Mail fraud is a federal crime that carries serious and long-lasting penalties. Here is a brief overview of the elements necessary to substantiate a mail fraud crime

Your involvement in criminal activity could have lasting effects

If you have been convicted of a serious crime in Missouri, you could be facing a number of consequences that are standing in the way of you continuing to live your life as a free person. Overcoming your mistakes and leaving your past in the past, is going to require a commitment to change and a recognition of what you have done that is wrong. At Frank, Juengel & Radefeld Attorneys at Law, we have been able to help facilitate the recovery of convicted criminals. 

Your future does not have to be defined by the mistakes you have made, although you may notice that the consequences and feelings you have as a result of your crimes, may never fully subside. Some of the long-term effects that will take time for you to amend may include difficulty finding employment because of your record, trouble rebuilding trust with the people you have hurt, uneasiness about what people will think of you if they find out about your past and damage to your reputation that will take considerable time to fix. 

Common methods of identity theft

Increased use of technology has resulted in a higher incidence of identity theft. The number of data breaches, record exposures, credit card exposures and Social Security exposures steadily increases. Identity fraud is often the outcome of these personal information breaches. 

But what does identity theft look like? How do fraudsters obtain these private details? Here are some of the most common methods of committing this type of white-collar crime.

Abusing prescription drugs is illegal

When most people hear the term "drug crimes," they may imagine illicit substances such as marijuana, heroin or methamphetamine. While these illegal substances are certainly an issue, the umbrella of drug crimes is much wider. It also includes prescription medications

It is unlawful to use prescription medications without a prescription, and the same applies to distributing them. Misusing prescription medications can result in jail time and hefty fines. 

Is prolonged use of prescription drugs dangerous?

Believing that just because a drug was prescribed to you by your health care provider in Missouri makes it okay to consume beyond what was prescribed, is a dangerous way of thinking and can be a major risk to your health and well-being. You can just as easily become addicted to a prescription drug as any of the illegal drugs you may come across.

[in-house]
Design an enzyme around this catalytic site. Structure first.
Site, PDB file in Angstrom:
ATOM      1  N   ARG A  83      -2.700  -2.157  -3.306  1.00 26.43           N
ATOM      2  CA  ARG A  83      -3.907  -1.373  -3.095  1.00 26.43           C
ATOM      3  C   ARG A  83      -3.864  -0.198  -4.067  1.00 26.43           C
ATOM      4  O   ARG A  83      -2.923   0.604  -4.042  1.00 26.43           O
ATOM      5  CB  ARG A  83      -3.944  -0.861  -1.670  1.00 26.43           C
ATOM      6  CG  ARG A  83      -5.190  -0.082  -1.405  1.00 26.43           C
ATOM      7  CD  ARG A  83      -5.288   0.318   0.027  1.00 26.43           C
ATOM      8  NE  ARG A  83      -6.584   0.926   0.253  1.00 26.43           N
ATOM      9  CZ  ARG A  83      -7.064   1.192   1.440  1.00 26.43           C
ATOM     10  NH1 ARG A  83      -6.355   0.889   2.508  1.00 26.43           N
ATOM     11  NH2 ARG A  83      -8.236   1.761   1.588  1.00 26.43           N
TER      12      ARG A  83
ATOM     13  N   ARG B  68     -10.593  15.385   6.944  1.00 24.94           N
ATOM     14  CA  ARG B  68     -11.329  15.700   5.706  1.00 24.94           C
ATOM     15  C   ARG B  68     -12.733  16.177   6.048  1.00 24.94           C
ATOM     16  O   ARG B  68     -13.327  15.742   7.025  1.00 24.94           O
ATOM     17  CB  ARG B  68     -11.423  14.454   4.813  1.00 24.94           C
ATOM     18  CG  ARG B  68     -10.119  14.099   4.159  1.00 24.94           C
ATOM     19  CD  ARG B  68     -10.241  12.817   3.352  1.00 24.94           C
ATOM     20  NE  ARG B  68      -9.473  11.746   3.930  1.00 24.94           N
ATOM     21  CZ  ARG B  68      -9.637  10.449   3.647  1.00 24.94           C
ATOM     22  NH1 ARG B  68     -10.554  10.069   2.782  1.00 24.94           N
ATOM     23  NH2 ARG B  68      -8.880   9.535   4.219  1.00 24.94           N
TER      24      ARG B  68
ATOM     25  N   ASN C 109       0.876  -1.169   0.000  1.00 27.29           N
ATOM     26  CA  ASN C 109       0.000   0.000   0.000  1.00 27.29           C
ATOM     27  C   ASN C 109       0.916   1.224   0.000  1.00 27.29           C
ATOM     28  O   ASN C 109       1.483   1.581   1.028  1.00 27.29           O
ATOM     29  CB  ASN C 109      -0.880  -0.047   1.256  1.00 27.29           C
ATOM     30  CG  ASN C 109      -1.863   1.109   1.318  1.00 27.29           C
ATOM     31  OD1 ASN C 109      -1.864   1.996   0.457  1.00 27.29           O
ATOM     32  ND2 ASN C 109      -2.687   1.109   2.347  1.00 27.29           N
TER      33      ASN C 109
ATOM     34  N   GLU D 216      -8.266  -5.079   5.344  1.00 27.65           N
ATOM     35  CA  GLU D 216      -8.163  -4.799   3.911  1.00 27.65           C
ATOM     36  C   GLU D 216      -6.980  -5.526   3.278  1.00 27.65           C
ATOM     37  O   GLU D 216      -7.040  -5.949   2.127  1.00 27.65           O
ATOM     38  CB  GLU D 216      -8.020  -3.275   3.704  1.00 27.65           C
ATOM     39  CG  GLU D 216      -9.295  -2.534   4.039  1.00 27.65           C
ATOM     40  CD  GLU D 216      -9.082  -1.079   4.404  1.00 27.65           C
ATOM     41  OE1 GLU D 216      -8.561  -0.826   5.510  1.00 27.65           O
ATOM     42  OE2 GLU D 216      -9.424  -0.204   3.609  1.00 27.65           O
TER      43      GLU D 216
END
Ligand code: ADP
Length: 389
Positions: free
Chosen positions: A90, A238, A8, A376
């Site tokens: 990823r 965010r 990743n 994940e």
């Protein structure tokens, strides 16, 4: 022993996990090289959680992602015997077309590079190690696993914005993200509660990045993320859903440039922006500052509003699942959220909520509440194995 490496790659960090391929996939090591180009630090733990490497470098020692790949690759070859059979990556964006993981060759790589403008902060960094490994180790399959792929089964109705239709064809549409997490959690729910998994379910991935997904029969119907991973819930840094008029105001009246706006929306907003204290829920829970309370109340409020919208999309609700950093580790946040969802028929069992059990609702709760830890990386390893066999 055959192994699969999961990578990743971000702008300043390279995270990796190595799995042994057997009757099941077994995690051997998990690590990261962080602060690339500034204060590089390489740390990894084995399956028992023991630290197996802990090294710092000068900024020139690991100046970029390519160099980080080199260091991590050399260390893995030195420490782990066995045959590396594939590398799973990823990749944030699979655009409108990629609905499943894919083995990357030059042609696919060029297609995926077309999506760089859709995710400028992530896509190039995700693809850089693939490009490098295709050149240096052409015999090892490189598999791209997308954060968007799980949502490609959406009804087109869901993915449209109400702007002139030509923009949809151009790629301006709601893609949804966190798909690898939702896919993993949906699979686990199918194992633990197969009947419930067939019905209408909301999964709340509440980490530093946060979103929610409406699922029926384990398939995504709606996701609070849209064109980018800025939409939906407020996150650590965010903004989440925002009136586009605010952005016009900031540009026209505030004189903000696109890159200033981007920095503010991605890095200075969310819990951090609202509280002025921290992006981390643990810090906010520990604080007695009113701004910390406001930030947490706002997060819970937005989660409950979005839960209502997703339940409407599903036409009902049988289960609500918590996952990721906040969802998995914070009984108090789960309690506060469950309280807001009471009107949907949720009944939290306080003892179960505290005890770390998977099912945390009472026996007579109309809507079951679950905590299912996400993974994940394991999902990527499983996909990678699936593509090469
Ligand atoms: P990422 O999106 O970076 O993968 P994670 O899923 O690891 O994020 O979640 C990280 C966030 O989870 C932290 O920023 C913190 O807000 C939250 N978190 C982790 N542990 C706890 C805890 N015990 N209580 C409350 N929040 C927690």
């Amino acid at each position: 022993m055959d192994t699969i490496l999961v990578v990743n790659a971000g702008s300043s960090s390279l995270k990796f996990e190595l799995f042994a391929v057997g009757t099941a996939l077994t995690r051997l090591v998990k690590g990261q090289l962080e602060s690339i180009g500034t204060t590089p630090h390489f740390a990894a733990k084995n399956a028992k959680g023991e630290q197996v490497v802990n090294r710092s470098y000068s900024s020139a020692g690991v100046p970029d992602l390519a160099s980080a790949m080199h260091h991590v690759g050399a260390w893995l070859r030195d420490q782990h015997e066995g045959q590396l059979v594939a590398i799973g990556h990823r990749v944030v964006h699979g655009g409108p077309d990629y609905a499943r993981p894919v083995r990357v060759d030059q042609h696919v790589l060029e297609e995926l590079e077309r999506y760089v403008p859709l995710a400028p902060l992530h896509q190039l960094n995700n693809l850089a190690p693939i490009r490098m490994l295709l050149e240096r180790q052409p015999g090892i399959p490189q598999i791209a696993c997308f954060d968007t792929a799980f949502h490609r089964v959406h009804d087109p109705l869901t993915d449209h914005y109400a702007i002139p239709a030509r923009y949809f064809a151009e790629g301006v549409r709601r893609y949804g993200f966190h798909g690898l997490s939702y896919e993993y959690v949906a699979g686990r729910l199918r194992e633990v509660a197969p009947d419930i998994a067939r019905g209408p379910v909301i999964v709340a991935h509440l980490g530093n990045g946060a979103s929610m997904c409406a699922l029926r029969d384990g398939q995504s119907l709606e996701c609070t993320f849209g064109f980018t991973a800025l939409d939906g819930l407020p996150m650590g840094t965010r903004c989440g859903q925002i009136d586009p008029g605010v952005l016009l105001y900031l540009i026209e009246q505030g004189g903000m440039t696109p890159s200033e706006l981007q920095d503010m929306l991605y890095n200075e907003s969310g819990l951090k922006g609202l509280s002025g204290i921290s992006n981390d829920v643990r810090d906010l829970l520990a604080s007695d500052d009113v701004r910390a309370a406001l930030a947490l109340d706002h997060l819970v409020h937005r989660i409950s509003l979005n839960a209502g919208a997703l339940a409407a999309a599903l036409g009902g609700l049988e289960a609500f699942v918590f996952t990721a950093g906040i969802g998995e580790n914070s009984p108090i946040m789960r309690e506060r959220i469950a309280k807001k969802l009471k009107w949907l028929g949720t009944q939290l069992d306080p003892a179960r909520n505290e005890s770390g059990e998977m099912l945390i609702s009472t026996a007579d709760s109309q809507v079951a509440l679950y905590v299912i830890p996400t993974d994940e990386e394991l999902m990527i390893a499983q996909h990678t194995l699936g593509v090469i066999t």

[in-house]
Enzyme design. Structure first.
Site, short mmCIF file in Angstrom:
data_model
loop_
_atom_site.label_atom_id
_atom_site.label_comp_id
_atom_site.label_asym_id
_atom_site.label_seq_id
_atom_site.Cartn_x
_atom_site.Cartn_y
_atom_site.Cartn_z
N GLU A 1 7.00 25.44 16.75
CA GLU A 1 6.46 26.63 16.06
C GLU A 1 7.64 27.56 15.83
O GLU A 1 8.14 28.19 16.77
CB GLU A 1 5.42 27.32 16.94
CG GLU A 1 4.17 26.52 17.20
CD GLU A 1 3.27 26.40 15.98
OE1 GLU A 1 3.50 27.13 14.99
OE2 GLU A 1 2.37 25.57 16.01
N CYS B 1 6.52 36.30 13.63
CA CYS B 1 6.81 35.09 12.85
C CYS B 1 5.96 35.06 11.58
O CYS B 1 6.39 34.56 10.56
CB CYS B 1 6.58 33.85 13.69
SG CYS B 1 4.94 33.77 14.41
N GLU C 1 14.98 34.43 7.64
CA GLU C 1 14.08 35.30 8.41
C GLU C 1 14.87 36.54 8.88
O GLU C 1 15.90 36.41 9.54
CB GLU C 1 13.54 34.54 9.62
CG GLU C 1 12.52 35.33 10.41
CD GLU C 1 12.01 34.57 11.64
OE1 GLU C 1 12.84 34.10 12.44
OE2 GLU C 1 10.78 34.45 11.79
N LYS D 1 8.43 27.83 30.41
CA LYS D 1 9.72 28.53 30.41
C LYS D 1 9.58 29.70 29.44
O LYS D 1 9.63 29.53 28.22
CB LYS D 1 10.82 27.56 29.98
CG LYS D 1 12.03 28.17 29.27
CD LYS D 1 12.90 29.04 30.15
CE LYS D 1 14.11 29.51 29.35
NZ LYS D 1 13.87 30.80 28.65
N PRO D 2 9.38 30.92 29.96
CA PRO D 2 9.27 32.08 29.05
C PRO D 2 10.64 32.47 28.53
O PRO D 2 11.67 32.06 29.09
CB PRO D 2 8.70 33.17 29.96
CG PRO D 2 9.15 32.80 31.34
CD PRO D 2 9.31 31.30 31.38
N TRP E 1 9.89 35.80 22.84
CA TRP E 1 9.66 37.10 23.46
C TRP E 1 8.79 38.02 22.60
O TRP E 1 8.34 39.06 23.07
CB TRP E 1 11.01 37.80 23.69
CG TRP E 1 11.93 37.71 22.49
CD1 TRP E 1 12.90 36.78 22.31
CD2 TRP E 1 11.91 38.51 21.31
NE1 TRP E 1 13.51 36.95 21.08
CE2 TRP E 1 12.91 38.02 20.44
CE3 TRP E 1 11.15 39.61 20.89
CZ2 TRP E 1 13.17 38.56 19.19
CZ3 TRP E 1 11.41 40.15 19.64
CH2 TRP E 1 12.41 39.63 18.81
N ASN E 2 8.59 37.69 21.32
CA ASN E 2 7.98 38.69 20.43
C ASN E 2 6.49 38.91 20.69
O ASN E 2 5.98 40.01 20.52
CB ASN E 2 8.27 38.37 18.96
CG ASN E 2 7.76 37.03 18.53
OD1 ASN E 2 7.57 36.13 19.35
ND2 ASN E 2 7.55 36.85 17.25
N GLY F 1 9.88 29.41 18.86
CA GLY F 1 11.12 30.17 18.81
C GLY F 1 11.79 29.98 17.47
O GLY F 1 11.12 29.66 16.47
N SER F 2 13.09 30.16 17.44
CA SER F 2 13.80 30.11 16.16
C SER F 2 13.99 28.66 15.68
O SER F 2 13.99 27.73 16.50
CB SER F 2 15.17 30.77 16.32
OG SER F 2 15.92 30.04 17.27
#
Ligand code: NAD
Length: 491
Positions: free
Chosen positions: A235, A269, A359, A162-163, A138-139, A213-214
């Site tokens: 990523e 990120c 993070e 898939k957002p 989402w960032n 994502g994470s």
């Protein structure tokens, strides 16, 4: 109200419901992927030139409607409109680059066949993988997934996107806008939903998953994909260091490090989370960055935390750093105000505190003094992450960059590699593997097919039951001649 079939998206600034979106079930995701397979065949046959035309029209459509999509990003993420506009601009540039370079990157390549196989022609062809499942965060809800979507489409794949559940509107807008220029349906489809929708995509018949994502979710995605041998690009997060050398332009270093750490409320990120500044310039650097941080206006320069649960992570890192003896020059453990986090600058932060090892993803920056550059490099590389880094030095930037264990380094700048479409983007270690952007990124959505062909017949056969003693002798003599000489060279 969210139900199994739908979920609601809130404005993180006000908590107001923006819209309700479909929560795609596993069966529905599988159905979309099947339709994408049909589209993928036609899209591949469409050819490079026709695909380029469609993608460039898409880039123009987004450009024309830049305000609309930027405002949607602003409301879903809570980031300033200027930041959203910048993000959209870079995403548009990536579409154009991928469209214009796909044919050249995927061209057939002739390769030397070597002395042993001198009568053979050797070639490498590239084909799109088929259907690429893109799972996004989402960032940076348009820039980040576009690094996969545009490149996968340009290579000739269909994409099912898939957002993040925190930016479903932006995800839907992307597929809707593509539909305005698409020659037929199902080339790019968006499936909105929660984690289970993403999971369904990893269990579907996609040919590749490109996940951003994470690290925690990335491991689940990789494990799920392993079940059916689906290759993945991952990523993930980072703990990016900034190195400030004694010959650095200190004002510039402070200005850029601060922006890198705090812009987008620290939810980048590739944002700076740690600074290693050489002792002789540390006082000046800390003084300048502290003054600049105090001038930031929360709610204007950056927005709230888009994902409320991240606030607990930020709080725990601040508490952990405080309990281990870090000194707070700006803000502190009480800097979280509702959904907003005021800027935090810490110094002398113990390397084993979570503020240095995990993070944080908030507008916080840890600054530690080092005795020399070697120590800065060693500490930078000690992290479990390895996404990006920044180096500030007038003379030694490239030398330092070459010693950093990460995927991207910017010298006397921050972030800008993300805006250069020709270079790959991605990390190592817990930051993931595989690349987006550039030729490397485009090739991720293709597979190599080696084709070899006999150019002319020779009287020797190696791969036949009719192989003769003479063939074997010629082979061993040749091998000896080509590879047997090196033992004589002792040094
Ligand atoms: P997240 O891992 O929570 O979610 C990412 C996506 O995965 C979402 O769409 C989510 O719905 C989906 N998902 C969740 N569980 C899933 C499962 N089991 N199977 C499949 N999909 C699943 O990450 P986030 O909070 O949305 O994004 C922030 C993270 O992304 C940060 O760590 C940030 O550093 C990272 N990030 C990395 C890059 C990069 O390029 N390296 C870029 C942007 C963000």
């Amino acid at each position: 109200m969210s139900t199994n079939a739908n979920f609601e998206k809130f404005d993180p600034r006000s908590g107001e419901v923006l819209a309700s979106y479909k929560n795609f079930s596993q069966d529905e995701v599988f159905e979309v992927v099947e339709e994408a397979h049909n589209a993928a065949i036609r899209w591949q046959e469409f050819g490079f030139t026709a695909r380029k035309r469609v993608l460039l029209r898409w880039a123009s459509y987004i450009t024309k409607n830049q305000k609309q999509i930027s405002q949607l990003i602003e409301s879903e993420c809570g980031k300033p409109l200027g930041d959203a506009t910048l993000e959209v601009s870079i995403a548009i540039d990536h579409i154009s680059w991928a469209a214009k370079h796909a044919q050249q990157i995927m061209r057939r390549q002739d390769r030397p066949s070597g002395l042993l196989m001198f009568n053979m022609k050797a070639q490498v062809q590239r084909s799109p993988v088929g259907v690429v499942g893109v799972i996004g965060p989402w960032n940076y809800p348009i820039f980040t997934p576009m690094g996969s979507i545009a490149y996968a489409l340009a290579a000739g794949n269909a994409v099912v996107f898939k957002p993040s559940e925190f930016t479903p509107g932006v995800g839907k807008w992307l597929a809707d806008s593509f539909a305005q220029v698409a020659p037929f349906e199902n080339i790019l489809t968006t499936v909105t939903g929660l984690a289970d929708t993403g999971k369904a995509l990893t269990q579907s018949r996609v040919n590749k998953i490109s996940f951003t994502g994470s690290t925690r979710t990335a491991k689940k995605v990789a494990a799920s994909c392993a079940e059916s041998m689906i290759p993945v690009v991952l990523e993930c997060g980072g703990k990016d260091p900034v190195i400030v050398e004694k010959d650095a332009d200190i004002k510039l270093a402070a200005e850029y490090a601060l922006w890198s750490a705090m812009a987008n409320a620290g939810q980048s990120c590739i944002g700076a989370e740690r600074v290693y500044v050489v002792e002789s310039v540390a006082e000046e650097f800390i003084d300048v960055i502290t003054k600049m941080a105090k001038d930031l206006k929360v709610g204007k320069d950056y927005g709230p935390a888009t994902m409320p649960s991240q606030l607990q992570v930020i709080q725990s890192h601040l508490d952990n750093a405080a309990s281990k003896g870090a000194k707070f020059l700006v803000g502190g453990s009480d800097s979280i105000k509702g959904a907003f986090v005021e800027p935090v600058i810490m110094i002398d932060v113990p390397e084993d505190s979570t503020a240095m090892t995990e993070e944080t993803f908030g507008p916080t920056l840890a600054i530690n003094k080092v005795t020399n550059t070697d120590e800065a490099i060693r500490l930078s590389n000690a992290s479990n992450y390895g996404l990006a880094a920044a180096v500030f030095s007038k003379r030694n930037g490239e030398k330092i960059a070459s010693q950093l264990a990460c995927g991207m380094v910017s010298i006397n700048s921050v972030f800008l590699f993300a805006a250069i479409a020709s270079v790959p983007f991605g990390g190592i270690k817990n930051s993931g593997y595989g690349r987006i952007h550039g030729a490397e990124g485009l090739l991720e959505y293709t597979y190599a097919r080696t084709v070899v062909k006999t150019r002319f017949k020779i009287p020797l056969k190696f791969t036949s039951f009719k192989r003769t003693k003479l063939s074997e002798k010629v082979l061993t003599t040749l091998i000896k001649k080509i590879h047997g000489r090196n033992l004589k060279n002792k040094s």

When your doctor prescribes a drug to help you manage unwanted symptoms of a medical condition you are experiencing, it is imperative that you understand the dosage requirements. This includes how frequently you should take the drug, what substances to avoid taking with it, how much to take at any given time and the duration of consumption. It would also benefit you to be aware of the side effects. As soon as you have reached the maximum amount of days recommended for you to be taking the drug, properly dispose of any remaining pills. 

Field sobriety tests are not always reliable

If a police officer stops you under reasonable suspicion of drunk driving, he or she may request for you to partake in a field sobriety test. The police use these tests to establish enough evidence of impairment to arrest you. But the results of field sobriety tests are not always reliable. The officer may claim confidence in conducting these tests, but that does not necessarily mean they are accurate. 

The accuracy of these DUI tests comes into question because of flaws in the tests, how physical and mental conditions may impact your performance, and failure of the officer to administer the tests properly. Here are some reasons why you may be able to challenge the validity of field sobriety tests.